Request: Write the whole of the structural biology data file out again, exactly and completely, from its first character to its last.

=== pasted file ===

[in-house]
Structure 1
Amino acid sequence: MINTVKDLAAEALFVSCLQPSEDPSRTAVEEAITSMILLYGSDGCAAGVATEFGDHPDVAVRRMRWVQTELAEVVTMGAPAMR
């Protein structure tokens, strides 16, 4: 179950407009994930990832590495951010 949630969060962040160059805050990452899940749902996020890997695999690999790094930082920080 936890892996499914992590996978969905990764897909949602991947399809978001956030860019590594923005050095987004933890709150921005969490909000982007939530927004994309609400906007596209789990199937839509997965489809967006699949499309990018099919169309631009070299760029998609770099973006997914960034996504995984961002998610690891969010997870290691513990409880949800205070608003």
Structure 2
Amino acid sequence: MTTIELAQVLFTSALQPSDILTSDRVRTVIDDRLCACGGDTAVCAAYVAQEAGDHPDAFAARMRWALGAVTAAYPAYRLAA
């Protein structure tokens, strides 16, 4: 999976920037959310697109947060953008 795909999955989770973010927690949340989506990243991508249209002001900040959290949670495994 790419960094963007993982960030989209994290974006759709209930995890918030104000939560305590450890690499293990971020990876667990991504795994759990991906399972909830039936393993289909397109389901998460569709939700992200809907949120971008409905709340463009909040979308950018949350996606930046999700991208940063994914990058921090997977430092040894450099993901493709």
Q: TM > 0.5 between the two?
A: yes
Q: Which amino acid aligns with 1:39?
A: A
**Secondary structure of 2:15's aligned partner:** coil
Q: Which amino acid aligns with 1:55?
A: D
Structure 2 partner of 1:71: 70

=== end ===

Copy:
[in-house]
Structure 1
Amino acid sequence: MINTVKDLAAEALFVSCLQPSEDPSRTAVEEAITSMILLYGSDGCAAGVATEFGDHPDVAVRRMRWVQTELAEVVTMGAPAMR
């Protein structure tokens, strides 16, 4: 179950407009994930990832590495951010 949630969060962040160059805050990452899940749902996020890997695999690999790094930082920080 936890892996499914992590996978969905990764897909949602991947399809978001956030860019590594923005050095987004933890709150921005969490909000982007939530927004994309609400906007596209789990199937839509997965489809967006699949499309990018099919169309631009070299760029998609770099973006997914960034996504995984961002998610690891969010997870290691513990409880949800205070608003």
Structure 2
Amino acid sequence: MTTIELAQVLFTSALQPSDILTSDRVRTVIDDRLCACGGDTAVCAAYVAQEAGDHPDAFAARMRWALGAVTAAYPAYRLAA
């Protein structure tokens, strides 16, 4: 999976920037959310697109947060953008 795909999955989770973010927690949340989506990243991508249209002001900040959290949670495994 790419960094963007993982960030989209994290974006759709209930995890918030104000939560305590450890690499293990971020990876667990991504795994759990991906399972909830039936393993289909397109389901998460569709939700992200809907949120971008409905709340463009909040979308950018949350996606930046999700991208940063994914990058921090997977430092040894450099993901493709």
Q: TM > 0.5 between the two?
A: yes
Q: Which amino acid aligns with 1:39?
A: A
**Secondary structure of 2:15's aligned partner:** coil
Q: Which amino acid aligns with 1:55?
A: D
Structure 2 partner of 1:71: 70